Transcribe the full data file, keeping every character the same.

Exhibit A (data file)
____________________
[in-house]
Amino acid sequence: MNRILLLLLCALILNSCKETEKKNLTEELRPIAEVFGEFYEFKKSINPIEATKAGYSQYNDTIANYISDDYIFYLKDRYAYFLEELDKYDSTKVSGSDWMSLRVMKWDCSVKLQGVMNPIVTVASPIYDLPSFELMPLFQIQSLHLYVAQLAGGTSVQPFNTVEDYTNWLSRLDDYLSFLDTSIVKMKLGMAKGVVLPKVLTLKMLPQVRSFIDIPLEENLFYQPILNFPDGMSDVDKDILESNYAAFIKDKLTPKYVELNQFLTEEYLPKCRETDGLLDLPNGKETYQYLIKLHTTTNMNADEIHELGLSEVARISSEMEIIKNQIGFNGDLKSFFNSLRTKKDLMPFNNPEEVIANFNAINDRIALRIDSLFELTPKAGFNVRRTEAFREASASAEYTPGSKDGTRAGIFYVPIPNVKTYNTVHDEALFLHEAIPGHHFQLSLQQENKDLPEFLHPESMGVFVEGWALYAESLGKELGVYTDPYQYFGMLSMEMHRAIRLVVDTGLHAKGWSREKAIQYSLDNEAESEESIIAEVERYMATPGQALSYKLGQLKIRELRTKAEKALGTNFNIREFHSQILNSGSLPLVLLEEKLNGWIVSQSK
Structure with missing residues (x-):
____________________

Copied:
[in-house]
Amino acid sequence: MNRILLLLLCALILNSCKETEKKNLTEELRPIAEVFGEFYEFKKSINPIEATKAGYSQYNDTIANYISDDYIFYLKDRYAYFLEELDKYDSTKVSGSDWMSLRVMKWDCSVKLQGVMNPIVTVASPIYDLPSFELMPLFQIQSLHLYVAQLAGGTSVQPFNTVEDYTNWLSRLDDYLSFLDTSIVKMKLGMAKGVVLPKVLTLKMLPQVRSFIDIPLEENLFYQPILNFPDGMSDVDKDILESNYAAFIKDKLTPKYVELNQFLTEEYLPKCRETDGLLDLPNGKETYQYLIKLHTTTNMNADEIHELGLSEVARISSEMEIIKNQIGFNGDLKSFFNSLRTKKDLMPFNNPEEVIANFNAINDRIALRIDSLFELTPKAGFNVRRTEAFREASASAEYTPGSKDGTRAGIFYVPIPNVKTYNTVHDEALFLHEAIPGHHFQLSLQQENKDLPEFLHPESMGVFVEGWALYAESLGKELGVYTDPYQYFGMLSMEMHRAIRLVVDTGLHAKGWSREKAIQYSLDNEAESEESIIAEVERYMATPGQALSYKLGQLKIRELRTKAEKALGTNFNIREFHSQILNSGSLPLVLLEEKLNGWIVSQSK
Structure with missing residues (x-):